Figure 5: a second embodiment of an Electronic Control Unit (ECU) to be used with a electroactive polymeric transducer in complementary stack arrangement according to the invention,

Figure 6: a third embodiment of an Electronic Control Unit (ECU) to be used with a electroactive polymeric transducer in complementary stack arrangement according to the invention,

Figure 7: Scheme of bidirectional energy transfer system,

Figure 8: a first embodiment of a bidirectional energy transfer system,

Figure 9: a second embodiment of a bidirectional energy transfer system,

Figure 10: a third embodiment of bidirectional energy transfer system,

Figure 1 1 : a first embodiment of an electrical switching device according to the invention, called lever arm design,

Figure 12: a second embodiment of an electrical switching device according to the invention, called slider design,

Figure 13: a third embodiment of an electrical switching device according to the invention, called vacuum interruptor design,

Figure 14: a fourth embodiment of an electrical switching device according to the in- vention, lever arm design with bias spring

Figure one shows the basic operating principle of an electroactive polymer transducer, schematically illustrated in a single sandwich-like cell. A thin film 1 of an electroactive polymer material is coated on both sides with a compliant electrode 2, 2', forming a capacitor structure. With no electric field applied between the electrodes 2, 2', figure 1 a, this is the deactivated state, the film has a thickness dO, and the cell has a width of I0.

The application of an electric field across the electrodes 2, 2', this is the activated state, schematically indicated in figure 1 b by the little arrows 3, results in an electrostatic attraction force between the opposite charges on opposing electrodes 2, 2' and repulsive forces between the like charges within each of the electrodes 2, 2'. These forces generate stress on the film 1 causing it to contract in thickness and expand in area. In figure 1 b, film thickness reduces to d < dO, and cell width increases to l> I0.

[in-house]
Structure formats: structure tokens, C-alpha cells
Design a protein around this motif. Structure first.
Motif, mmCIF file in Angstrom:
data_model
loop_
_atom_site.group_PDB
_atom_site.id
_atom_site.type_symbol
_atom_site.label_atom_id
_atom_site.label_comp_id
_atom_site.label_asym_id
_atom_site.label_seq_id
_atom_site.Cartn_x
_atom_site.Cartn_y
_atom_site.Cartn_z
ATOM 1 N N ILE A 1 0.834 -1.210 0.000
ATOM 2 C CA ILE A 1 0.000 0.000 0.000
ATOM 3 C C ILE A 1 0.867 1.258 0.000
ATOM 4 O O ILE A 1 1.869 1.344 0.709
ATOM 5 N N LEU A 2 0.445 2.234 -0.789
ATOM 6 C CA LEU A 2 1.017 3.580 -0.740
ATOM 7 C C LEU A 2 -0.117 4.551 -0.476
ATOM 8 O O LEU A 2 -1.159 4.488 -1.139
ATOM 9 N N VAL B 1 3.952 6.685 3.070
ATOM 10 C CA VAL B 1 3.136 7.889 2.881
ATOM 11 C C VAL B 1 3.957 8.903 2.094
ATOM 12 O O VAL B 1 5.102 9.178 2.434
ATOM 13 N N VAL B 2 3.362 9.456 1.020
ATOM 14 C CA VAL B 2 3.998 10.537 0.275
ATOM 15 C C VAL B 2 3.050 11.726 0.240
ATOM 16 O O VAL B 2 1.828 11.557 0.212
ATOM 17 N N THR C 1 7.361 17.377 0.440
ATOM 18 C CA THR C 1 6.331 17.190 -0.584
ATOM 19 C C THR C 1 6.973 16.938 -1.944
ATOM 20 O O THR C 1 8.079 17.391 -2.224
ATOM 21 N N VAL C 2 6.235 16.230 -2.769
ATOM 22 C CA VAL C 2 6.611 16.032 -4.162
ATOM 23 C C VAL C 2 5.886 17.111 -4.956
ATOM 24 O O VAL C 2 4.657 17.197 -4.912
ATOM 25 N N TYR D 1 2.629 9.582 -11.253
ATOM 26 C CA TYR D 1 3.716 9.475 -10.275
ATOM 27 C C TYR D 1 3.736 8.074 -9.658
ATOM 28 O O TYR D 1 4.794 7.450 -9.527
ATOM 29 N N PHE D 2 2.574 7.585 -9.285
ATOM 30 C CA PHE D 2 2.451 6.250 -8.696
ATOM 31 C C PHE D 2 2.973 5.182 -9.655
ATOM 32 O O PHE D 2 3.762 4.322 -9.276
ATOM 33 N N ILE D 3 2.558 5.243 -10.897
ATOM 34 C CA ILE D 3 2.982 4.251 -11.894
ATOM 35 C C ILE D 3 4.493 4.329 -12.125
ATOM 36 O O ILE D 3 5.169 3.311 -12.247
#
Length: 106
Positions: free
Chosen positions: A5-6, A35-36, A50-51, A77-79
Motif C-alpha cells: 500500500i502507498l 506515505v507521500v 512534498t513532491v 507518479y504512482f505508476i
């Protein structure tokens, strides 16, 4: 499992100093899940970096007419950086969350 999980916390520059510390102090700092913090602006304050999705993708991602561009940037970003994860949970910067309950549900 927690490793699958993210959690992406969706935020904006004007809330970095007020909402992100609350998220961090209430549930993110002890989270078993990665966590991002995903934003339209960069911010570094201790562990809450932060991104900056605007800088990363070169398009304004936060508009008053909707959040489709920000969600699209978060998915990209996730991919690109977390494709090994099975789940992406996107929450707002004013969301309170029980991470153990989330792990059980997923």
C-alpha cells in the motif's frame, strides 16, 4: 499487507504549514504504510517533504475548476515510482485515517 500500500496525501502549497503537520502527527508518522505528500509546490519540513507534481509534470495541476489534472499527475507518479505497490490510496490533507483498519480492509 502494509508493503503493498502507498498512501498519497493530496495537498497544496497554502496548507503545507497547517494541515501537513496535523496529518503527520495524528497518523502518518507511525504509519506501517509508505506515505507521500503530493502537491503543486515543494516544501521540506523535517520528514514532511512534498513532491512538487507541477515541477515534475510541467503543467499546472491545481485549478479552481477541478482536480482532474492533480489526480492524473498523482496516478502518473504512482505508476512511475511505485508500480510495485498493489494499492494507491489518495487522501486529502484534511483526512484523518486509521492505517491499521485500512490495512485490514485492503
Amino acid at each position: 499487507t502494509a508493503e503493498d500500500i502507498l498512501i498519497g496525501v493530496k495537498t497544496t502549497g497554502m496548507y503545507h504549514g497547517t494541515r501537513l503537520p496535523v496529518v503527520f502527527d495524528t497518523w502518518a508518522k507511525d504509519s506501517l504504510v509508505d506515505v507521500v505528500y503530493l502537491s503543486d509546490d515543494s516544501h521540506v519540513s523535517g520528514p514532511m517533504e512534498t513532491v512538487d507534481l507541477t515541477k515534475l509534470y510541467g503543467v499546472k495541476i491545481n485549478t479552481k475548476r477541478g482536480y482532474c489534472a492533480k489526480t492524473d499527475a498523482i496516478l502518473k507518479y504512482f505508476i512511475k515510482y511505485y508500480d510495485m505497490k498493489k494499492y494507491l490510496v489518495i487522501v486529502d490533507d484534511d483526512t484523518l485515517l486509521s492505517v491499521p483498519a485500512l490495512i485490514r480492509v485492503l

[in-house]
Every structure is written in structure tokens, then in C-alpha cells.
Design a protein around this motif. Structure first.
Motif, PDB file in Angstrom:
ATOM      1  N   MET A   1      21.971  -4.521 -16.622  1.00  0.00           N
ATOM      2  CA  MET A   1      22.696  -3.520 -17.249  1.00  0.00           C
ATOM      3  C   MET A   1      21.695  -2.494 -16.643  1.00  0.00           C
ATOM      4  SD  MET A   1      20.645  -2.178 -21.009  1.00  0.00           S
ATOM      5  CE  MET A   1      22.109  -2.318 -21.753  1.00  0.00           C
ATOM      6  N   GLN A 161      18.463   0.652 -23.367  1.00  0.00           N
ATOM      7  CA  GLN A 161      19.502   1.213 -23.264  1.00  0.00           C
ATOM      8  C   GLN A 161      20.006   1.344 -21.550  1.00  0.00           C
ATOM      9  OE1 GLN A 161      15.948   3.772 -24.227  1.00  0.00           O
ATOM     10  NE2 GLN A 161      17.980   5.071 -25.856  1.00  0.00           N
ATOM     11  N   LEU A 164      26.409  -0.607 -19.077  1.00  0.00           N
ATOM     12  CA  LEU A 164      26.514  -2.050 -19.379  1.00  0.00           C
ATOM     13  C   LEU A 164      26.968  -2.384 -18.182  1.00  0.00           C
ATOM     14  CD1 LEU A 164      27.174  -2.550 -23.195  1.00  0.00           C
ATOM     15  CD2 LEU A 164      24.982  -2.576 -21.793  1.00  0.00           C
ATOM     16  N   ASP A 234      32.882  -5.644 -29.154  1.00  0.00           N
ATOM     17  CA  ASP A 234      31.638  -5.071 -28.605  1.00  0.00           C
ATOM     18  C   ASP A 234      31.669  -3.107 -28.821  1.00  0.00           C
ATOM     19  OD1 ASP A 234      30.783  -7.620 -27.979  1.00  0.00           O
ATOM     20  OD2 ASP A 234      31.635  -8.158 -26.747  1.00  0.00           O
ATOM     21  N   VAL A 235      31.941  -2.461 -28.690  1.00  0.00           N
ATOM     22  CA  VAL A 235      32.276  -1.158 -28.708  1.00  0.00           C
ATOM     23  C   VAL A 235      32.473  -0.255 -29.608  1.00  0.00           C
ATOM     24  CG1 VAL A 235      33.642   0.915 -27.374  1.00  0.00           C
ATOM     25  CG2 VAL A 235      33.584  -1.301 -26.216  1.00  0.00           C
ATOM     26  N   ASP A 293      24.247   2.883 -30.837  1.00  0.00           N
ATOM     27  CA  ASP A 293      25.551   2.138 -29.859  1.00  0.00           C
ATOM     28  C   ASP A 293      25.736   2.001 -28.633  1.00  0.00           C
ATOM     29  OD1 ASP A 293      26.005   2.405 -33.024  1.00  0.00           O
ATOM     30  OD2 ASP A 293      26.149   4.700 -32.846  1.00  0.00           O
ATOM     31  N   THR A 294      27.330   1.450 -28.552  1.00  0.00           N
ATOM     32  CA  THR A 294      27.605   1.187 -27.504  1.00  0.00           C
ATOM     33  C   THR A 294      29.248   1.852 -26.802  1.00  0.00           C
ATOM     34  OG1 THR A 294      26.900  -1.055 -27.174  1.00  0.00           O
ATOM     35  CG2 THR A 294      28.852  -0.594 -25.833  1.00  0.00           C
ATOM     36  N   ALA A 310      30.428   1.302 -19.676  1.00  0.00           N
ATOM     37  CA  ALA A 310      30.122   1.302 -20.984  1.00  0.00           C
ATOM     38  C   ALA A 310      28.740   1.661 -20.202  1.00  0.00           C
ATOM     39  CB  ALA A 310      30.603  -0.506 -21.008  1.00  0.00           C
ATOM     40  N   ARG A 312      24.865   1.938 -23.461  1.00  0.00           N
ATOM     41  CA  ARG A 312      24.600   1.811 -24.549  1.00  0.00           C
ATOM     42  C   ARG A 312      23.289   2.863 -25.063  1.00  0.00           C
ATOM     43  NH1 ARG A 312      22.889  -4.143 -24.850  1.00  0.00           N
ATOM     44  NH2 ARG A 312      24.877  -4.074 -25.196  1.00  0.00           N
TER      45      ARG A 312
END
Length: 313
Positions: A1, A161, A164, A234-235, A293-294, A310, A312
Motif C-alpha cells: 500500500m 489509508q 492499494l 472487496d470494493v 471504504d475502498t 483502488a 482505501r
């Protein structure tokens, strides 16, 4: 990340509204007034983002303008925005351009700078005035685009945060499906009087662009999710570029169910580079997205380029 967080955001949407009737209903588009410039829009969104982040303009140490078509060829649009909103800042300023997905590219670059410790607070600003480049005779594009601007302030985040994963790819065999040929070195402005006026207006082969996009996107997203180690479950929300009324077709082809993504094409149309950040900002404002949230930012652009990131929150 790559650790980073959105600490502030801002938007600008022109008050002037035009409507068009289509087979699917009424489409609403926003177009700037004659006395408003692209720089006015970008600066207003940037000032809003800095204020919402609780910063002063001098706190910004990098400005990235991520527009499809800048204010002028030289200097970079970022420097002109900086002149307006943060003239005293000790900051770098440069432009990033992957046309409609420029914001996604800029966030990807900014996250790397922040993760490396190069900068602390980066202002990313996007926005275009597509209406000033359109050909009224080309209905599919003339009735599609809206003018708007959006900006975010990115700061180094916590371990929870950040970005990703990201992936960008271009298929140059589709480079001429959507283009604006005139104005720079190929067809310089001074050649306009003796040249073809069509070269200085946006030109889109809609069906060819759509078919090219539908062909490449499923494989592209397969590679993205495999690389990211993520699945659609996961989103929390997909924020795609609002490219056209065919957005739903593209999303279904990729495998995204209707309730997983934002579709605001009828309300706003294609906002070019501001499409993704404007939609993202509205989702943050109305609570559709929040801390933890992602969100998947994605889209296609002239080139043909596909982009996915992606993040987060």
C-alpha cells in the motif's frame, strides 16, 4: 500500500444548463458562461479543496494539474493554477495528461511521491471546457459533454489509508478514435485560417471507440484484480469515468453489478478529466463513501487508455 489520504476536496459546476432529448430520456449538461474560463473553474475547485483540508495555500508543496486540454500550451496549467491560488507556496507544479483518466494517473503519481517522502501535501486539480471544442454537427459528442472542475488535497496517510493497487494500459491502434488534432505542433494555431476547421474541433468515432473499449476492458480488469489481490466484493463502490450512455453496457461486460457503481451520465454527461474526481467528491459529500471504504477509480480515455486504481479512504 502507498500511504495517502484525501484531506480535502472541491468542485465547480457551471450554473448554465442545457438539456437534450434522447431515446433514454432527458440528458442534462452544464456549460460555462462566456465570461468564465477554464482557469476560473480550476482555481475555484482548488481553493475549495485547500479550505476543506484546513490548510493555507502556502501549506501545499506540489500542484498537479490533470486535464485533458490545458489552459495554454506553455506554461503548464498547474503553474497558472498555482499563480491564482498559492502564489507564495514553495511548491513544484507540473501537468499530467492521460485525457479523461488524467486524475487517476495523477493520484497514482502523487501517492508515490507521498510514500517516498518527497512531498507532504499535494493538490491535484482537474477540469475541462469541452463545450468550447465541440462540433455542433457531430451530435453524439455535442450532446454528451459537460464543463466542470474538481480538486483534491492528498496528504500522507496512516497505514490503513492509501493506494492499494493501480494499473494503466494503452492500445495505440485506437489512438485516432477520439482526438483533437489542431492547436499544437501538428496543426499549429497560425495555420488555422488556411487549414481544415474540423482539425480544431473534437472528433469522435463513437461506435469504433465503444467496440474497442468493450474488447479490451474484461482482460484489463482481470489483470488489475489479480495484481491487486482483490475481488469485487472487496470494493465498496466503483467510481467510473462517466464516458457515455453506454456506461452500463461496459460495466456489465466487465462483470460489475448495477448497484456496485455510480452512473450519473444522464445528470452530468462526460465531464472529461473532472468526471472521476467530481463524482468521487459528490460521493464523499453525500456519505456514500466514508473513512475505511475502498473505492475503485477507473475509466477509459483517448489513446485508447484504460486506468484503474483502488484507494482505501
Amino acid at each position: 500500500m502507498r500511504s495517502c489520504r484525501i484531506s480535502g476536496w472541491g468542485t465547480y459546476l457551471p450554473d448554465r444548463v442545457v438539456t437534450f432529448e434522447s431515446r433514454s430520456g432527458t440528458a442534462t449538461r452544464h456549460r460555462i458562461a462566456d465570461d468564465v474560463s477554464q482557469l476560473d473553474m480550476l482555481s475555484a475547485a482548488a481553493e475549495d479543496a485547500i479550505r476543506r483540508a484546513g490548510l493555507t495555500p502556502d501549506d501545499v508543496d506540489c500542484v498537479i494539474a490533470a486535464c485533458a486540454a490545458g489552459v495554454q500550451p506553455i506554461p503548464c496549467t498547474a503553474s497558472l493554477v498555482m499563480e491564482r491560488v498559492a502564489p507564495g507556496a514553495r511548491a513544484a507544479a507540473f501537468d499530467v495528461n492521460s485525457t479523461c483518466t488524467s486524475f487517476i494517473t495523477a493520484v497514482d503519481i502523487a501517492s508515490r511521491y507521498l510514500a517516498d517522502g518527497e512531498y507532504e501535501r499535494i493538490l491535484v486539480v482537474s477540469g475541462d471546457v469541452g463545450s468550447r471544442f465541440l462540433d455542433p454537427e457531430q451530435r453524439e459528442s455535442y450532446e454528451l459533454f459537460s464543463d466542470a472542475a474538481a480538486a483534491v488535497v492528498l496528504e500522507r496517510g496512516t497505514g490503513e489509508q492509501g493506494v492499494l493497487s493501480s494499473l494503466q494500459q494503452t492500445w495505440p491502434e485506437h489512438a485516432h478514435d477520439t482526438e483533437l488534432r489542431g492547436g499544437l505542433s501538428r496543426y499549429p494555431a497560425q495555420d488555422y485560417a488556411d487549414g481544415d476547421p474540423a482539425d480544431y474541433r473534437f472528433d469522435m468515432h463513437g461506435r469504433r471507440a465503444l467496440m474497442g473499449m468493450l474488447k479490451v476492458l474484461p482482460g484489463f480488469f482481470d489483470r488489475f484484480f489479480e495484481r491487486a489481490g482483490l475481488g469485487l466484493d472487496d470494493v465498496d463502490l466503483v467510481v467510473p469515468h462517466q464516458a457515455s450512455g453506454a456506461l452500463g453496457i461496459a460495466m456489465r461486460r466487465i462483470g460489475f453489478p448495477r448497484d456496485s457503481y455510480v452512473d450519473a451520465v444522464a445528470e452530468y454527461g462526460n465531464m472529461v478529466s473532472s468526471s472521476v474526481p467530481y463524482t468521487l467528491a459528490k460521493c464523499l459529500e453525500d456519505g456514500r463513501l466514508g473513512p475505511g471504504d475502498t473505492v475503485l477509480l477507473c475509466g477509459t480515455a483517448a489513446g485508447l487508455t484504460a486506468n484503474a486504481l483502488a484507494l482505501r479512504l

Figure 2 shows a schematic example of a stacked arrangement of 20 single cells like the one shown in figure 1 . This is the schematic basic structure of an electroactive polymer based actuator comprising electroactive polymer cells in a stacked configuration. The stacked configuration shown in figure 2 consists of a multitude, here 20, of dielectric elastomer, or electroactive polymer, actuator films, 1 through 1 n with electrodes 2, 2' through 2n, 2n', layered on top of each other. The electrodes are alternately connected between a high voltage source 4 and ground level 5. A Switch 6 is foreseen to switch between energized and deenergized state. Upon application of the voltage, when the switch is closed, an overall reduction of the stack height is achieved, coupled to an overall increase of stack width. When the stack is coupled to an external load, it works like an actuator and can be harnessed to perform mechanical work. An actuator with a stacked configuration as shown in figure 2, can perform actuation only in one direction. Imagine the upper cell with film 1 and electrodes 2, 2' was fixed, then in the activated state the lowest cell with film 1 n and electrodes 2n, 2n' would move upwards, in direction of arrow P.

Looking now at figure 3, this shows the operating principle of the complementary stack arrangement according to the invention. The novel configuration features a stacked ElectroActive Polymer (EAP) actuator 10 having a first section 1 1 and a second section 12. Both sections 1 1 , 12 are complementary sections that are individually actuated. In this configuration, three stable actuator positions are realizable using on- off control in combination with ancillary drive electronics, see partial figures 3a, 3b, 3c.

The first section 1 1 is a first stack configuration 1 1 , and the second section 12 is a second stack configuration 12. Each stack configuration 1 1 , 12 has a multitude of electroactive polymer layers, only one of the layers is highlighted with a reference sign 13 in figures 3a, 3b and 3c for better clearness. The layers 13 are layered on top of each other, with electrodes 14 disposed between adjacent layers 13 of electroactive polymer, whereby the electrodes 14 of each stack configuration 1 1 , 12 are alternately interconnected to form an electrode arrangement with two interlaced electrode configurations 15, 16 and 15', 16'. The interlaced electrode configurations 15, 16, 15', 16' here are designed to form an interdigital structure.